Saturday, January 9, 2010


We got to Brooklyn on December 21, and it has been a flurry of activity ever since. At 3 pm on the 22nd I found myself waiting in a drizzle in front of Junior's restaurant across the street from Long Island University. Howard Katzoff and Fred Spinowitz were meeting us there, but Tom was still at LIU dealing with projectors that wouldn't show our video! Luckily for us, the technician at LIU hadn't gone home yet, and Tom joined us before the cheesecake arrived. I have been corresponding with Howard for several months, since discovering his website,, which is sponsored by the Orion Society's Whole Child Education Initiative. Meeting him in the flesh was like meeting an old friend. When we started talking, it turned out that Fred (who is a former middle school principal, and now supervises student teachers when he is not painting) had just visited the junior high school that I attended! The conversation flowed flawlessly from memories of Brooklyn in the 50's and 60's to the politics that surround teaching. The pump was primed for viewing the video, and we strolled over to LIU, where the group grew larger with the addition of Lynn and Michael Hassan, and Marita Downes of LIU. Jerry Mitnz of AERO was delayed in traffic, but arrived about a third of the way through the screening, and right after him, my former student, Sara Hotchkiss. Jerry brought two students with him, who also contributed to the conversation.

Tom recorded the feedback, and I will be interested to hear it when I get back to California to see how well it jives with my memories as I am recording them after three more screenings, and may be mixing them up, but here goes. It has been very gratifying to see how much people basically enjoy the film, and relate to the children, the teacher, and the subject matter. Marita had to leave early, but as she left, told me it had been a privilege to watch the film. Jerry Mintz wanted more information about the structure of the school, and the community, but he missed that part of the film. For his philosophy of education, the school we show is not democratic enough, but he saw the value of showing what is possible in a public school setting. He would like more narration, and more comparison--wondered about using a student to narrate his or her perspective on what was happening.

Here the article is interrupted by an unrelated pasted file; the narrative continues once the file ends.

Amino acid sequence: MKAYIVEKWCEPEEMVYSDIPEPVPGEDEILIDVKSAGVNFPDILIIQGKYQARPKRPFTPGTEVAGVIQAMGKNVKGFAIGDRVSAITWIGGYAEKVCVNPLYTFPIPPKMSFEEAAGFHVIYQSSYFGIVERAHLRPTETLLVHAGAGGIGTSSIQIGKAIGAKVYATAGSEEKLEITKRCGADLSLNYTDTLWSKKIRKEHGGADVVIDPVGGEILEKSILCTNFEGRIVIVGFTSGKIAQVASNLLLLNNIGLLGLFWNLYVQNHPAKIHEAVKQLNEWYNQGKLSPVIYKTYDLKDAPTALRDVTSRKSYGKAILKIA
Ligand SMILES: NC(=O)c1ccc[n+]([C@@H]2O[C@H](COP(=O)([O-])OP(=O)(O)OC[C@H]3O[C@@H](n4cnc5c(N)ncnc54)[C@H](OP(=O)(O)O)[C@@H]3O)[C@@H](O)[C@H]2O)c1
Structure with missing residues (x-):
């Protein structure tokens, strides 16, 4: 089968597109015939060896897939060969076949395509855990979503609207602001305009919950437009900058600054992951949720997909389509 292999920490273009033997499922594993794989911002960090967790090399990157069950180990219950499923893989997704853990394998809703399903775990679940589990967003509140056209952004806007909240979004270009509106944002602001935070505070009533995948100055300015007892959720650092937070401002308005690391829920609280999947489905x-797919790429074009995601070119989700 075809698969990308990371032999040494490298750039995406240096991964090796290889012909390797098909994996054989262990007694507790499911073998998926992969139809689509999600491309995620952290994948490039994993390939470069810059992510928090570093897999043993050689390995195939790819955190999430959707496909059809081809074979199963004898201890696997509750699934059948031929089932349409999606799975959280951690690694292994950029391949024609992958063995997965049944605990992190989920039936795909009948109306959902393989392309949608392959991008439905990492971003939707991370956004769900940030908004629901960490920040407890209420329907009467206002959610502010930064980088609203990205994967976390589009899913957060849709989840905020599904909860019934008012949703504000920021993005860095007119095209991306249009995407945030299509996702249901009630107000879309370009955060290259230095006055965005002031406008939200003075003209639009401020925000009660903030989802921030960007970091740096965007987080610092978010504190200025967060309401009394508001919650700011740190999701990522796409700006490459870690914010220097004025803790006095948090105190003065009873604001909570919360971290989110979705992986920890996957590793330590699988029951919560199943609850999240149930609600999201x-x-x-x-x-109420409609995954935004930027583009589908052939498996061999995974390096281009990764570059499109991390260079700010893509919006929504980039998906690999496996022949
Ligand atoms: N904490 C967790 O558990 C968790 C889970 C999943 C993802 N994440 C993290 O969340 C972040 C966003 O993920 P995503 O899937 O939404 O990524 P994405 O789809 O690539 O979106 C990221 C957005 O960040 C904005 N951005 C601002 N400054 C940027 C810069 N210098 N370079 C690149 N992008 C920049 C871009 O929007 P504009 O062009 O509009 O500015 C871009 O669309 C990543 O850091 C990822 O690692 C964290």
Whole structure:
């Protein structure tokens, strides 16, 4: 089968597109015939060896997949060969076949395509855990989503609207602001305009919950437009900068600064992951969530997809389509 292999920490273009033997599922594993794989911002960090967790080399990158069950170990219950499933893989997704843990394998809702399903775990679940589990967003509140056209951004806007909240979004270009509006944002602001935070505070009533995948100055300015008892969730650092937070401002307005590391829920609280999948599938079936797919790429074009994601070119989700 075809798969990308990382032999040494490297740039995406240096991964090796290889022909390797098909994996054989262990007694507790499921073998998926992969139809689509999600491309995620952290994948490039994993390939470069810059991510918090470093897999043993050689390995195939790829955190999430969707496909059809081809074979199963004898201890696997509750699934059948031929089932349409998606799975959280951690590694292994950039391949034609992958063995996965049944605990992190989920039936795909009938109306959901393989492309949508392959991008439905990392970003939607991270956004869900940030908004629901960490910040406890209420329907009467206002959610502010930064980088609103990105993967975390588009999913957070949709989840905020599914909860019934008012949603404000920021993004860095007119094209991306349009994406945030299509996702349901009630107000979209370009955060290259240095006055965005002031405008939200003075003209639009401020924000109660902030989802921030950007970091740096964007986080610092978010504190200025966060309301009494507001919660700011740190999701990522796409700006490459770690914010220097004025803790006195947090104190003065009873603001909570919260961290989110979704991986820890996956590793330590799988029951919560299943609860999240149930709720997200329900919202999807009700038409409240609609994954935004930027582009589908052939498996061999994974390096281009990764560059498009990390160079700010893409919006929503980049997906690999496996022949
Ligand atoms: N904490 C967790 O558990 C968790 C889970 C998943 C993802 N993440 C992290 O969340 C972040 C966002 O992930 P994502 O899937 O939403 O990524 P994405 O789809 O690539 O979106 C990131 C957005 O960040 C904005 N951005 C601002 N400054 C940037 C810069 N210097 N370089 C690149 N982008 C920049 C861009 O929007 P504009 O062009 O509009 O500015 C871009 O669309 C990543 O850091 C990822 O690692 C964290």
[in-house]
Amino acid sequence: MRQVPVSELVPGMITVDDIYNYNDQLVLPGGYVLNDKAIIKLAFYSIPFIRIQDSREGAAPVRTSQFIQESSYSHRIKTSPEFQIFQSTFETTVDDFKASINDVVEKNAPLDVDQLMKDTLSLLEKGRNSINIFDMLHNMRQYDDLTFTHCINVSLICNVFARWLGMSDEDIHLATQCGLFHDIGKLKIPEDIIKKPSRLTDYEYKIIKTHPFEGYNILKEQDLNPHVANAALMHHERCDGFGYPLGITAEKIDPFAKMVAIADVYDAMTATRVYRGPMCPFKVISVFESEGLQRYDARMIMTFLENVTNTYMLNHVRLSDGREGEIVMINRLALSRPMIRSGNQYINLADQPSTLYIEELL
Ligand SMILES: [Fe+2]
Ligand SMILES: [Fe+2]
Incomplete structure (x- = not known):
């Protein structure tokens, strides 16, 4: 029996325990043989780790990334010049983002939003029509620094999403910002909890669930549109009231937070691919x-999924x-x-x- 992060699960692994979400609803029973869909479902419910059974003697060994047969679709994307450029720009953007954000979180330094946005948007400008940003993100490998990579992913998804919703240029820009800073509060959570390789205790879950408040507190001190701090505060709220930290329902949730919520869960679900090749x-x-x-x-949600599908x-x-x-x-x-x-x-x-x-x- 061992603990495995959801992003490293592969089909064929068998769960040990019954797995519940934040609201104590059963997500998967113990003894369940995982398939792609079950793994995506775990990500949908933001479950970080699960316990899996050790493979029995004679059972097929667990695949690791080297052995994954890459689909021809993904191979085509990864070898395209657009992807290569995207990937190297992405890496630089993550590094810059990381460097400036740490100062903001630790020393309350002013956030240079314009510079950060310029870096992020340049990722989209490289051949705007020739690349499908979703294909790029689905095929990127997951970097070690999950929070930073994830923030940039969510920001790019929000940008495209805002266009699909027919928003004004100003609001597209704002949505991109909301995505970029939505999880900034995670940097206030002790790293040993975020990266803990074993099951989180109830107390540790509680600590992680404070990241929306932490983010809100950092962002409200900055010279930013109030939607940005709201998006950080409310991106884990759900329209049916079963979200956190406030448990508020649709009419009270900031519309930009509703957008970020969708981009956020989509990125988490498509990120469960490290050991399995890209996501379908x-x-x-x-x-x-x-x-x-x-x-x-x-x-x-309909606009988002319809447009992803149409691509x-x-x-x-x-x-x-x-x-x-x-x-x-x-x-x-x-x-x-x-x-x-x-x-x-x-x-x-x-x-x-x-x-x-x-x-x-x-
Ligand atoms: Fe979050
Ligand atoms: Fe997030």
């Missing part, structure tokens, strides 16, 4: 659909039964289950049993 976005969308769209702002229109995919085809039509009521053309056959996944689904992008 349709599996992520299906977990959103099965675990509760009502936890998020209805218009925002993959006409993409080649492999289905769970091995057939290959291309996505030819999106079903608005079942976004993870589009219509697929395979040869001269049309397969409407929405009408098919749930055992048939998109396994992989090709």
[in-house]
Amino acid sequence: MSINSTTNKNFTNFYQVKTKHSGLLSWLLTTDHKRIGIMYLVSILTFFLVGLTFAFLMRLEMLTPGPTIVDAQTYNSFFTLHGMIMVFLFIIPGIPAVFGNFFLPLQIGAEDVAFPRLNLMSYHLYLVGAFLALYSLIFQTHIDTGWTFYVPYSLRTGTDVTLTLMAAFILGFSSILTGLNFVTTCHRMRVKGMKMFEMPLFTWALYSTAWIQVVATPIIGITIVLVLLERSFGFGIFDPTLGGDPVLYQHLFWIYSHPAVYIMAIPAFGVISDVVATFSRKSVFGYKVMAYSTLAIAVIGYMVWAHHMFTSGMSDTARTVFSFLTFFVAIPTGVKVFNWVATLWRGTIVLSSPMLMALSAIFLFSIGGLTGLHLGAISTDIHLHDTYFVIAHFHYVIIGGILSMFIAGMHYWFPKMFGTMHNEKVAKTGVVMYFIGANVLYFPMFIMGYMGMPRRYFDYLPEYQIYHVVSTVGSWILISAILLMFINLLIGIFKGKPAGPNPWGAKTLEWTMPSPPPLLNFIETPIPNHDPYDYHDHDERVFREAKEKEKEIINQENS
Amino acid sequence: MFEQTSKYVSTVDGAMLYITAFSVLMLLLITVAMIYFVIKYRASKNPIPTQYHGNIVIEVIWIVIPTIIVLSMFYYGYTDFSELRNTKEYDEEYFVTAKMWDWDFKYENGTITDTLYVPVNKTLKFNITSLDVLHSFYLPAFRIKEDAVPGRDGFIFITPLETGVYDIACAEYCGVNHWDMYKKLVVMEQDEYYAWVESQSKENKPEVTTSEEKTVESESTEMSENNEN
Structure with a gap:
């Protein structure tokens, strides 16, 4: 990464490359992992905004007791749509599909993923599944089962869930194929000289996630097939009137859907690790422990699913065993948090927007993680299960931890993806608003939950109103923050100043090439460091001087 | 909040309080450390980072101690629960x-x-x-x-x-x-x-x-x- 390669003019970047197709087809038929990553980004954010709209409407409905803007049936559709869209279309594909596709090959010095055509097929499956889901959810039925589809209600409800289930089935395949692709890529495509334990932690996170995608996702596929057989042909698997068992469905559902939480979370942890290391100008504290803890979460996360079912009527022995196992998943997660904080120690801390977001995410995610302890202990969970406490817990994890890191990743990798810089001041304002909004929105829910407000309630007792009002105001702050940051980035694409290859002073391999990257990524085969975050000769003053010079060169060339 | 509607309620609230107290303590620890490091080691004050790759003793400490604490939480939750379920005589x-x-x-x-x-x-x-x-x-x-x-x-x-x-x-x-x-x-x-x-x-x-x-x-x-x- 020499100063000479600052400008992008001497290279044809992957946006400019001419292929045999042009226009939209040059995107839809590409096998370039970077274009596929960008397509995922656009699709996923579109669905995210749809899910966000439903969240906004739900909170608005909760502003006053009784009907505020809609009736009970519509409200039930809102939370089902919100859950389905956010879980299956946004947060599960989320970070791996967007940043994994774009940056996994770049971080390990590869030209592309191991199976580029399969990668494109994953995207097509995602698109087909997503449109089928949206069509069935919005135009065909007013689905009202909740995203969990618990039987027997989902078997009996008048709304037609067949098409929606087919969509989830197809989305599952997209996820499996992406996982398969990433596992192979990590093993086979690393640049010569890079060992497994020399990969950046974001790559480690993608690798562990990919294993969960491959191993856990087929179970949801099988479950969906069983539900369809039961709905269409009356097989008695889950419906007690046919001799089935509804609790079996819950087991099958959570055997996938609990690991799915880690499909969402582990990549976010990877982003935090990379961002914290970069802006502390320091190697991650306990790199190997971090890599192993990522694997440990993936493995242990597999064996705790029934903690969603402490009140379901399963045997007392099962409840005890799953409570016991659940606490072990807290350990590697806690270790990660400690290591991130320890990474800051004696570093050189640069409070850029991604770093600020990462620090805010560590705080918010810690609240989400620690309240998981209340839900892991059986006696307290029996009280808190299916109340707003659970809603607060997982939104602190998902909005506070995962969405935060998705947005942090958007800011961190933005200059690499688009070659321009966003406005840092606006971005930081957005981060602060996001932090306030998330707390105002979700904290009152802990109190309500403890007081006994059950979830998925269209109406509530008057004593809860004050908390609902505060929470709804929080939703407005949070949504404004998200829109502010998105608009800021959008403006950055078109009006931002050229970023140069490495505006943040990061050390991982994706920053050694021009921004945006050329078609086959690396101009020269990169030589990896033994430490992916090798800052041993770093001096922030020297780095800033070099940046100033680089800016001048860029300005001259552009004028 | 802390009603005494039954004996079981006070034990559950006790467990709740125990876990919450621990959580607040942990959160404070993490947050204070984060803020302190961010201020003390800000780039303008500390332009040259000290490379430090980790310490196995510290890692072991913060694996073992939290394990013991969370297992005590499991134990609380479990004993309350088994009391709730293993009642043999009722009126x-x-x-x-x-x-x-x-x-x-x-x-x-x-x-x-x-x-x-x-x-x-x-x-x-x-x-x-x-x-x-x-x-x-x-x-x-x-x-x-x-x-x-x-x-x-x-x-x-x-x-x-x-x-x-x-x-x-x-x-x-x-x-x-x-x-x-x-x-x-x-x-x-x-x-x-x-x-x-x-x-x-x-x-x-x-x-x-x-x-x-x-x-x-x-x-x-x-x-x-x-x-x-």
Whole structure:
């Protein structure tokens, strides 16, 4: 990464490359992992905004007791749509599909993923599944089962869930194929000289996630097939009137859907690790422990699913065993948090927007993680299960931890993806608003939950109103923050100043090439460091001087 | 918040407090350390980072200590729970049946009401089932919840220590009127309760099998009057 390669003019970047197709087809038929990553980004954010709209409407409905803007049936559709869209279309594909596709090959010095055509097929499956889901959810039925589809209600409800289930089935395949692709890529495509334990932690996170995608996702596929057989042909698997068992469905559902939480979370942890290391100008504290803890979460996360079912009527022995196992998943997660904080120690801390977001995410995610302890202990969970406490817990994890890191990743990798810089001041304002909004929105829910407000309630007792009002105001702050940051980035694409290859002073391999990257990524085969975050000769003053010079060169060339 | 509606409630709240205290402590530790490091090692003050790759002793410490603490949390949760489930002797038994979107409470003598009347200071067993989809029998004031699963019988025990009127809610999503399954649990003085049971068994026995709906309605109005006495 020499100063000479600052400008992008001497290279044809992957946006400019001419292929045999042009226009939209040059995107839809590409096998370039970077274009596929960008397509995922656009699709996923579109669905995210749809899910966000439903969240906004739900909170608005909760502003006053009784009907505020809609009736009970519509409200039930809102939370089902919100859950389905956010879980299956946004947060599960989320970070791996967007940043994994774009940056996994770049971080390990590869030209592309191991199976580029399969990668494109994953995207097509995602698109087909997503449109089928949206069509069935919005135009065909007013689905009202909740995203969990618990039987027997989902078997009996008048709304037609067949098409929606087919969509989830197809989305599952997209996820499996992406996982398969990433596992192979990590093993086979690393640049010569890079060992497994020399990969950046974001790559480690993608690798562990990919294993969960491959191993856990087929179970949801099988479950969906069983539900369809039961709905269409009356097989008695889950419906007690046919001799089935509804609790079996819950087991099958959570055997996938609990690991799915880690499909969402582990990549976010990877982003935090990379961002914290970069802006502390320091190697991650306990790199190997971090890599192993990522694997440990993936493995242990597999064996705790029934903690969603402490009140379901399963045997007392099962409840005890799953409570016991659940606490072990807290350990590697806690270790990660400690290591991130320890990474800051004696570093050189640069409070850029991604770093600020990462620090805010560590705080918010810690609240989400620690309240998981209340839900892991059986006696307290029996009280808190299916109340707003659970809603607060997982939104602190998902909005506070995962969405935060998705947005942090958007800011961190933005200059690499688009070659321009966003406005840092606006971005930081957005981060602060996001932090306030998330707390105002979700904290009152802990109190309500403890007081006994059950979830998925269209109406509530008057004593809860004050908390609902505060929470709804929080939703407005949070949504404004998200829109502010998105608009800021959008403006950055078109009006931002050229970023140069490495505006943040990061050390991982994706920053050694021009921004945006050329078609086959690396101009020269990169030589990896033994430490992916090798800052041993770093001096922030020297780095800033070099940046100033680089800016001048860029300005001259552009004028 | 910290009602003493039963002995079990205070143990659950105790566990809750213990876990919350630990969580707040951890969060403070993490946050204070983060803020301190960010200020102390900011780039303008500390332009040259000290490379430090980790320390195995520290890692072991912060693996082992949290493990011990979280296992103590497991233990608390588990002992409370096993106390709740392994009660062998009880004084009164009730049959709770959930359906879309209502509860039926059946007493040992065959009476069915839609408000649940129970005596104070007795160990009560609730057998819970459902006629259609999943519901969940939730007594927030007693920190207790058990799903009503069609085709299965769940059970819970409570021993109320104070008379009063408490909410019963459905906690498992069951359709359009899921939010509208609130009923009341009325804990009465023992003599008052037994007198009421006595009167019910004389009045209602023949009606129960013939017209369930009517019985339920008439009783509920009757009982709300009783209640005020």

Everyone felt my narration was appropriate, and that the more personal narration was the strongest. Fred would cut some of the social/emotional content. He and Howard disagreed on that point, but agreed that we need to find ways to spell out more clearly the context of the film in today's narrowing of instructional practices, but do it unobtrusively, and without an ax to grind. Lynn spoke strongly for keeping the social/emotional as a major component. Howard talked of the fine line we have to walk, between creating a dramatic and artistic product, and advocating for relevant education. Sara was pleased to see how similar the school was to the way it was when she was a student, and applauded Tom's photography. She reminded me that her dad has been involved in fundraising for the Ojai Society's school, and I will contact him when I get home, in case he might have some leads for us. We left this first screening feeling awed and buoyed by the experience! Guess I'll have to write about the other screenings another day, as it is almost midnight!

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